Greg Sheridan, P 22, ‘Reshaping Global Order’.
‘With the NATO summit in Spain, attended by Anthony Albanese, ideological conflict has gone global. Australia lines up with its old friends, The US, Europe, Japan, South Korea, even astonishing, New Zealand, and against its old enemies, Russia and China.’
And in conclusion: ‘Our paralysed defence establishment has barely moved an inch toward the type of asymmetric we should be acquiring as fast as we can, given the gravity of the strategic situation.
‘Important and genuinely praiseworthy as Albanese’s strategic diplomacy has been, (it will be his ability to supply Australia) with actually undreamed defence capabilities on a scale that gives us genuine deterrent ... (This is how) history will judge the Albanese government’.
The Economist, 25 June, The energy crisis.
‘This years energy shock is the most serious since the Middle Eastern oil crises of 1973 and 1979. Like these calamities, it promises to inflict short-term pain and in the longer term to transform the energy industry. The pain is all but guaranteed: owing to high fuel and power, most countries are facing soggy growth, inflation, and squeezed living standards and a savage political backlash.
‘But the long-run consequences are far from preordained. If governments respond ineptly, they could trigger a relapse towards fossil fuels that makes it even harder to stabilise the climate. Instead, they must follow a perilous path that combines security of energy supply with climate security.’
‘The great energy shock of 2022 is a calamity. But it could also be the moment when better government policy triggers the investment needed to resolve the conflict between having a safer supply of energy and a safer climate.’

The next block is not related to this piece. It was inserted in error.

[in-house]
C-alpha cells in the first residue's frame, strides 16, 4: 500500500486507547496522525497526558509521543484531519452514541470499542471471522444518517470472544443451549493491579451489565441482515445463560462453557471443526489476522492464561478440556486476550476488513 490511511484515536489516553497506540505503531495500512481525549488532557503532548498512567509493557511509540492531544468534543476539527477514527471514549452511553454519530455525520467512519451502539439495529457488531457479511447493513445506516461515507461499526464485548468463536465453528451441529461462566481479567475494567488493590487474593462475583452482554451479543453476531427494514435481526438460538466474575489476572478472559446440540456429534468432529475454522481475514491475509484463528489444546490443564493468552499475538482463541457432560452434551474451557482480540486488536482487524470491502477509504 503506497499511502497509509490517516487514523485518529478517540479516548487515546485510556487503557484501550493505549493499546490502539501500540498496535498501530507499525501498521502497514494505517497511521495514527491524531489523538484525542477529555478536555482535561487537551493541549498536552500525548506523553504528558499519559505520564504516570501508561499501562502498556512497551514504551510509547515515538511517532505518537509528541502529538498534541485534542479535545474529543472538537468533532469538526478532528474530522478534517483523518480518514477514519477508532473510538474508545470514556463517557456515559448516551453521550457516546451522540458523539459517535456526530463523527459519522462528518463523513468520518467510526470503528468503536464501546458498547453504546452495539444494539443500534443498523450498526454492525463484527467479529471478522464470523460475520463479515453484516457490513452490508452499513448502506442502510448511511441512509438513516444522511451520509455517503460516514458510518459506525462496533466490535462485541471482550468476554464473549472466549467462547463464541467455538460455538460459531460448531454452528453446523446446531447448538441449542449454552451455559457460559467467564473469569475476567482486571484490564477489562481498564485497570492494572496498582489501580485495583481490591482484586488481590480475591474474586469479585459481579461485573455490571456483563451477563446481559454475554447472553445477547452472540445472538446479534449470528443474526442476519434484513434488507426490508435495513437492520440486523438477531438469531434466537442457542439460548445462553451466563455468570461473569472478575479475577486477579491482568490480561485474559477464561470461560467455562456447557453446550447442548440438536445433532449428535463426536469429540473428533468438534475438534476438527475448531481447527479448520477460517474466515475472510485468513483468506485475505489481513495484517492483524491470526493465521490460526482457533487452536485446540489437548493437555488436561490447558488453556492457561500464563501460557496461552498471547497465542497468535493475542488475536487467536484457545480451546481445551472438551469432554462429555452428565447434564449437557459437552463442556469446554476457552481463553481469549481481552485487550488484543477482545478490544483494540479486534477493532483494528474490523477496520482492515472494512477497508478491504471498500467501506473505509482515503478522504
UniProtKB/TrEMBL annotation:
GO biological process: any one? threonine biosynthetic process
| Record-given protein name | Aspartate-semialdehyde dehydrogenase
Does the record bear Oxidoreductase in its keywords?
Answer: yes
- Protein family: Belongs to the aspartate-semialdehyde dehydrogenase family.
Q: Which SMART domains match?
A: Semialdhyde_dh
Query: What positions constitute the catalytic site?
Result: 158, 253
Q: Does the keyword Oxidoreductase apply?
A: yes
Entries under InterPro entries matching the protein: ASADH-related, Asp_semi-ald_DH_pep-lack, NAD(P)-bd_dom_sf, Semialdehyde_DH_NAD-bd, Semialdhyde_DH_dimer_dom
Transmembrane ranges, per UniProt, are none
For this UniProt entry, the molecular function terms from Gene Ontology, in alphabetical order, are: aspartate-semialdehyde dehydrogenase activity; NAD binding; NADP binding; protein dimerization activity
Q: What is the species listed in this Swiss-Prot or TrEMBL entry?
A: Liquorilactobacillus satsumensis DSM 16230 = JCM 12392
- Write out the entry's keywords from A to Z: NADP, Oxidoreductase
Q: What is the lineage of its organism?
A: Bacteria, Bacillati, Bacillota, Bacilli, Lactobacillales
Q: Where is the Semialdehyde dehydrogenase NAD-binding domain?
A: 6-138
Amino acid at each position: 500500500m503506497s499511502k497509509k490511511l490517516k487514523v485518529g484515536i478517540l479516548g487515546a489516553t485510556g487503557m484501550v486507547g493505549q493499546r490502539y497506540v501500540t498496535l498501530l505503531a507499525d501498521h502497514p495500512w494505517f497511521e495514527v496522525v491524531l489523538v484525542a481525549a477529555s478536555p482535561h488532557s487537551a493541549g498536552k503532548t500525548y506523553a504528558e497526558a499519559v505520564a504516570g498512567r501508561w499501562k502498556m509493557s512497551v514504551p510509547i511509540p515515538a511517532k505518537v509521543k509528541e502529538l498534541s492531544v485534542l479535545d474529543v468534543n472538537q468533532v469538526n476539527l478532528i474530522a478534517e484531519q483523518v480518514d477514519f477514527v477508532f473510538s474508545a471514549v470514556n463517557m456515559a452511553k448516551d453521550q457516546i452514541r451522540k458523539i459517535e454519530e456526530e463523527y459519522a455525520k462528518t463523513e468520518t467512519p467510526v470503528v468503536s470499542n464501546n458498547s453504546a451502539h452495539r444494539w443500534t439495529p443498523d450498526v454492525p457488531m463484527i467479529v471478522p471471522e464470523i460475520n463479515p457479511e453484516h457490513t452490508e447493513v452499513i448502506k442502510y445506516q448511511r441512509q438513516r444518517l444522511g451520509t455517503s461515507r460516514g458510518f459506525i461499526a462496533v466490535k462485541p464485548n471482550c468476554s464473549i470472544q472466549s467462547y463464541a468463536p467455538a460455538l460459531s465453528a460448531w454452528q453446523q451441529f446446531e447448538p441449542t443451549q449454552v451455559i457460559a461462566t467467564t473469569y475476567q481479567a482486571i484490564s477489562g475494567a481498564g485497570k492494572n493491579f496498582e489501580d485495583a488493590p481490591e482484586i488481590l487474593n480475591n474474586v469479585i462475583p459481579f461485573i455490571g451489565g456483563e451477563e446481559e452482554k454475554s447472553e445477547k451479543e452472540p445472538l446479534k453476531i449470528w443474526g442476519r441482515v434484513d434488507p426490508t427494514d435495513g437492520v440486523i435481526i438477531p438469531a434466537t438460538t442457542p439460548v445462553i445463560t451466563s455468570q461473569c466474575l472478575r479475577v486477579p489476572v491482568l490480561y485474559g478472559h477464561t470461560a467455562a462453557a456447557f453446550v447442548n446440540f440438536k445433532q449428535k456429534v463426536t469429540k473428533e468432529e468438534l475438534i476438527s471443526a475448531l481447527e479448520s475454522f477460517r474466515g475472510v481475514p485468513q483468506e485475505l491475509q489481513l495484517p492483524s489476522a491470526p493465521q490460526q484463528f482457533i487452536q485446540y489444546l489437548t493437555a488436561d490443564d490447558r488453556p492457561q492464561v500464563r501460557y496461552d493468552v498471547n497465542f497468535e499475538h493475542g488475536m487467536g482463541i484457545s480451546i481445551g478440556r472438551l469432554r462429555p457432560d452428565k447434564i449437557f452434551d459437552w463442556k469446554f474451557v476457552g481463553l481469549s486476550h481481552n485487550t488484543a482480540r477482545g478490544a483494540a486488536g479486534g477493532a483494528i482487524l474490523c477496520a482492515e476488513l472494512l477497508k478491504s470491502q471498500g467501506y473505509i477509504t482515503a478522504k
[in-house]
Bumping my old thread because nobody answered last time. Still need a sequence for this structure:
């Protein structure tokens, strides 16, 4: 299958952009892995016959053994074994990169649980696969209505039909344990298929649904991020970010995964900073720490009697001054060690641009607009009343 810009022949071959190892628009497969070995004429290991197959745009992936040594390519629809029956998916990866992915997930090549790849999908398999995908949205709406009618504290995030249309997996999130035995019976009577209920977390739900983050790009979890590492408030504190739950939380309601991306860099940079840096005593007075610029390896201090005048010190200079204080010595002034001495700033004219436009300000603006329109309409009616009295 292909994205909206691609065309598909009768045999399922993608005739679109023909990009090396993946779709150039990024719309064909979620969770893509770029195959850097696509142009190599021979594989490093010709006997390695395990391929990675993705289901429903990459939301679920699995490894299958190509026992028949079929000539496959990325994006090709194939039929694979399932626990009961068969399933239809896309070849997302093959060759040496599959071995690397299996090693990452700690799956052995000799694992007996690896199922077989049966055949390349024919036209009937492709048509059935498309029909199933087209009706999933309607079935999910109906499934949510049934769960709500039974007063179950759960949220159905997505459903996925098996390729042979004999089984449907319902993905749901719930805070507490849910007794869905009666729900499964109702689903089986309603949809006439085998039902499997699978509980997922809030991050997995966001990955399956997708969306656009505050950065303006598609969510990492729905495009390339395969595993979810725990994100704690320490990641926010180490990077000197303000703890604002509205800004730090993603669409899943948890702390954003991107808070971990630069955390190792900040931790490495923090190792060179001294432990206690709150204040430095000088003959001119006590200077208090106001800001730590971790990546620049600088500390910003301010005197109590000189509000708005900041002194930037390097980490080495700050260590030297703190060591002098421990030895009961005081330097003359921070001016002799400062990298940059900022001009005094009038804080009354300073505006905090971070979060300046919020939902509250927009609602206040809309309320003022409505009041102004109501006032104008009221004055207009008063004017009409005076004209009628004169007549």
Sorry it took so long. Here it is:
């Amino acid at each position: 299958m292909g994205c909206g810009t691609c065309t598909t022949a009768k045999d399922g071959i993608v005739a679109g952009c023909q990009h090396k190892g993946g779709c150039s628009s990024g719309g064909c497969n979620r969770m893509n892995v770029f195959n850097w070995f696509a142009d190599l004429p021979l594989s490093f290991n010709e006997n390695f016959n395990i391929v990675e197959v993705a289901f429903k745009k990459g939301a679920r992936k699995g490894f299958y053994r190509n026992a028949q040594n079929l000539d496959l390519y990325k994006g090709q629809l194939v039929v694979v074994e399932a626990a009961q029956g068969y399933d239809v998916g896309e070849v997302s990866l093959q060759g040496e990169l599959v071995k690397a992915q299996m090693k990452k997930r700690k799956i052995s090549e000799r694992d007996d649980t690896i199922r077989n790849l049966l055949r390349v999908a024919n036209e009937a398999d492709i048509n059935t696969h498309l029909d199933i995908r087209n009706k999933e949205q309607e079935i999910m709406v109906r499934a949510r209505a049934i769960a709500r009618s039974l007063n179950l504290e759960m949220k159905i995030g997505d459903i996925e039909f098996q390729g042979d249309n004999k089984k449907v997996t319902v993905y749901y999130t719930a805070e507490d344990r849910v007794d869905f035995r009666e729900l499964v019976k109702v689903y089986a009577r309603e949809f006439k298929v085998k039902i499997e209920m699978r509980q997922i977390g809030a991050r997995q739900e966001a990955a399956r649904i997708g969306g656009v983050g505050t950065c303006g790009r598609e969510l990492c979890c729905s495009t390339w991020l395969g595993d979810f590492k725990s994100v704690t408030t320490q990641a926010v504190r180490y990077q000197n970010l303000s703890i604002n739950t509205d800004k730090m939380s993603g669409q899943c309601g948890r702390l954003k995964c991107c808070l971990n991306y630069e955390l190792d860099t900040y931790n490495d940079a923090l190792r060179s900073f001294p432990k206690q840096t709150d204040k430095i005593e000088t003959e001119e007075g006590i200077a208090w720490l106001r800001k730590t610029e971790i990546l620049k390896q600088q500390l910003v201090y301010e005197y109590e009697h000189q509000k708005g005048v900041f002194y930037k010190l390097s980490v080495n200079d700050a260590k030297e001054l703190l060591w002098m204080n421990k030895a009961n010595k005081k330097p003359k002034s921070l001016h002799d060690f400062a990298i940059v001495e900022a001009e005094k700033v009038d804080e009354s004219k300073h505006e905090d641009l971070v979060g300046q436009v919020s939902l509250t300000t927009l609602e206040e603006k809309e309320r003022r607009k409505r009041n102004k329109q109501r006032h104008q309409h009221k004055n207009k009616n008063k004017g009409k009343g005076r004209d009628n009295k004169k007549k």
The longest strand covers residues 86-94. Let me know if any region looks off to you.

Quadrant, July-August, P22 to p26, Aynsley Kellow, ‘The Madness of Net Zero.’
‘In 1841, Charles Mackey published his notable work ‘Extraordinary and the Madness of Crowds,’ which included discussion of three economic bubbles: The South Sea Company bubble of 1711; the South Sea Company bubble of 1719-20; and the Dutch tulip mania in which some tulip bulb varieties become the most expensive objects in the world in 1637.’
‘If temperatures fail to increase, which as Koonin demonstrates is highly likely, how long shall a public that has followed the public alarmist construction of climate science tolerate substantial increases in the cost of their energy and the inflation that is already accompanying it’.
In conclusion: ‘Steven Koonin’s scathing critique of climate science suggests that Net Zero is neither necessary not possible, and certainly not affordable. If he is correct, the false promise by the Albanese government of cheaper renewable electricity might increasingly begin to split individuals off from the herd.’
AFR, Monday 4 July, John Kehoe, ‘The day RBA boss Philip Lowe nearly died’.
‘Less than 12 hours after Philip Lowe received a phone call from the Treasurer Scott Morrison appointing him the next governor of the Reserve Bank of Australia, he was unconscious, fighting for his life in a Canadian hospital.
Dr Lowe luckily survived. One of Henry’s closest friend had two scary examples. Aged 14, he found himself in hospital, and before long he was blind and unable to walk. He was told by one of the doctors he would not die but would remain as he was. To the doctor’s surprise, after a month or so, my friend began to recover, and before long he was going home. The net result was a very angry personality that took decades to wear off, and playing football that was far better than before the illness.
The second major problem was a torn aorta at age 59. The medical men apologised for missing the tiny tear that they said they should have been caught a year ago. By then the tear was half way around the ‘curve’ at the top. It was just fixable, and after 12 hours my friend was in a hospital bed trying to pull out the breathing tube. The nurse told the wife who had arrived: ‘This as a good outcome. People trying to get rid on the tube usually survive. And so it was’.
AFR, P1 and P 21, Alex Gluyas, ‘Rate rise locked in, heading to 2.35pc.’